Redundant bricks, wrecking balls, and architects of the virtual
Written by: Richard A. Powell – RUFORUM Communications Consultant
For many years, pedagogues have been fixated on the bricks-and-mortar approach to knowledge transfer and learning: the goal primarily being to increase ad nausea the number of students living on a physical campus.
But advances in technology mean that the model of teaching has been re-evaluated. E-learning – the ‘e’, according to Bernard Luskin, a pioneer of the field, being interpreted as “exciting, energetic, enthusiastic, emotional, extended, excellent, and educational”, rather than simply “electronic” – is the use of electronic media, educational technology and information and communication technologies (ICT) in the process of education. It entails the numerous types of media that help deliver text, audio, images, animation, and streaming video, and includes technology applications and processes such as audio or video tape, satellite TV, CD-ROM, and computer-based learning, among others, and can be asynchronous self-education, synchronous and instructor-led (i.e., in real time), or a blended hybrid of the two.
The possibilities offered by e-learning are considerable. For those students with pressing personal or family problems or obligations, or whose lives do not lend themselves to attending a traditional university, the flexibility offered by a self-paced, asynchronous course can prove highly attractive. Indeed, the popularity of e-learning among such students is clear. In the USA in 2006, approximately 3.5 million students participated in on-line learning at higher education institutions. Massive open online courses (MOOCs) continue to prove popular, offering classes to global audiences.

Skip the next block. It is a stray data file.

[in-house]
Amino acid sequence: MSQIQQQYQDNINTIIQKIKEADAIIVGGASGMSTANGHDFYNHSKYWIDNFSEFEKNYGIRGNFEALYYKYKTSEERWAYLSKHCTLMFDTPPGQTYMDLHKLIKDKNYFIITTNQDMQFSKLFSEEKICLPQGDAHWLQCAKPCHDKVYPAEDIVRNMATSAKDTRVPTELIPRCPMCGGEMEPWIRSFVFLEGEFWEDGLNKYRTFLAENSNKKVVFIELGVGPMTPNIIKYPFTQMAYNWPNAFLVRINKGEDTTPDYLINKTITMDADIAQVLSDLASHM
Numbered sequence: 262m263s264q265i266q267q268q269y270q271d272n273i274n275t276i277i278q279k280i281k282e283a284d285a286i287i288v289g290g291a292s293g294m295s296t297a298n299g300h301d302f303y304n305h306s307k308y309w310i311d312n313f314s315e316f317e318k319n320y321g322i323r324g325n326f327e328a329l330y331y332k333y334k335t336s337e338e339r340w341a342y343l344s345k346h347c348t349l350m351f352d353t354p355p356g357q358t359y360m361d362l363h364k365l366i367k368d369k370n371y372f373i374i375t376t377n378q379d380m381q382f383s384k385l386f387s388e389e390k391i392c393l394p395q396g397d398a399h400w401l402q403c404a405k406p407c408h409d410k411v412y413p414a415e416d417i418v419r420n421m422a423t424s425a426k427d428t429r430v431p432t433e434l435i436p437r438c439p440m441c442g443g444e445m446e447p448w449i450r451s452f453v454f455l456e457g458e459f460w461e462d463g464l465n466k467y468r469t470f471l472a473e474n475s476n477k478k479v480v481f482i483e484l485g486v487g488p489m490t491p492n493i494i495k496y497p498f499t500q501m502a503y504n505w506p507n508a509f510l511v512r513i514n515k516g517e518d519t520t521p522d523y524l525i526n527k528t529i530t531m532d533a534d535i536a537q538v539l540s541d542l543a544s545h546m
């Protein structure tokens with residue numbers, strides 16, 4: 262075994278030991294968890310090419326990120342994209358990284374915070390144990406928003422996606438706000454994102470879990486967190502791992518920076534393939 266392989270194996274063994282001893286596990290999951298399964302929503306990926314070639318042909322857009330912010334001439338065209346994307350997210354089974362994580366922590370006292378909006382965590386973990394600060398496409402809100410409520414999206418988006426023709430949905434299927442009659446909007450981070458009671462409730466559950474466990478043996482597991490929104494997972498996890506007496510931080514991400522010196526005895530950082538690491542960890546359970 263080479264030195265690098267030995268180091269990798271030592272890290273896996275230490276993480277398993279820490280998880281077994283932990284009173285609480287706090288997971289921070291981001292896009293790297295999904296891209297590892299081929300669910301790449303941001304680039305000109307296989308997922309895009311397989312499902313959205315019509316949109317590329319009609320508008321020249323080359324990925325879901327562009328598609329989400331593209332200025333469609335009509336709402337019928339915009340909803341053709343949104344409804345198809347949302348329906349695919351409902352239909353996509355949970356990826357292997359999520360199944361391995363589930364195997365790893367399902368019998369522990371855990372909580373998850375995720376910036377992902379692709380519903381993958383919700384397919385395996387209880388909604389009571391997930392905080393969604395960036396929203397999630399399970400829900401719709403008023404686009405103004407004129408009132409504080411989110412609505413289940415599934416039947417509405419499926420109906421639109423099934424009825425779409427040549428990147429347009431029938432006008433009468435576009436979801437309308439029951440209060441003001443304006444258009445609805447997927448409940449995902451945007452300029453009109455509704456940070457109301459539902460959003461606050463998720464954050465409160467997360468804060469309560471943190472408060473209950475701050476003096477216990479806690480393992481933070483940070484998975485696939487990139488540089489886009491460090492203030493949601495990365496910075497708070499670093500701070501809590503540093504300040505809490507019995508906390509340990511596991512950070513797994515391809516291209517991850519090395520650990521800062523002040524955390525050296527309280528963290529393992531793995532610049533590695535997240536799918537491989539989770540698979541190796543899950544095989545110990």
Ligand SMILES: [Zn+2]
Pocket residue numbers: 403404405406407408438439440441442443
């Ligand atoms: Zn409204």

However, as Nodumo Dhlamini and Lisbeth Levey observed in their side event at the 4th RUFORUM biennial conference – entitled “A new architecture for learning: looking into the future of ICT for teaching and learning” – for many years in Africa such pedagogic ambitions for the continent were entirely fanciful in nature. In 1996, Ms Levey recalled, there were only three African countries with more than 64 Kbhs of bandwidth, with dial-up modems emitting idiosyncratic noises into the night. However, four years later the internet had begun to take root on the continent and currently there is a recognition of the critical role ICT can play in teaching in many African higher education establishments. But as Ms Levey noted, agricultural colleges often lag behind the rest of their university counterparts.
RUFORUM has accepted the challenge posed by this state of affairs, campaigning for e-learning opportunities, sensitising some universities within its growing network to the benefits of the field, advocating for the development and approval of official e-learning policies, promoting open educational resources – which can be freely used across universities and adapted without permission by institutions with the only requirement being the attribution of credit to its originating source – and exploring the possibility of learning modules under the MOOCs framework using the ROAR acronym (RUFORUM Open Access Resources).
The future of the virtual alternative to traditional centres of learning in Africa seems certain, with infrastructure requirements increasingly no longer a stumbling block to ICT innovation. Examples include: remote desktop computer labs; virtual microscopes; virtual experiments; crop stimulation models; and open data sites, among others. Of course, this will not materialise by itself. It will require university ownership and leadership and, importantly, energetic, local champions committed to shifting the paradigm of how teaching and learning occurs. These champions will also be architects of learning; but building a new type of institution.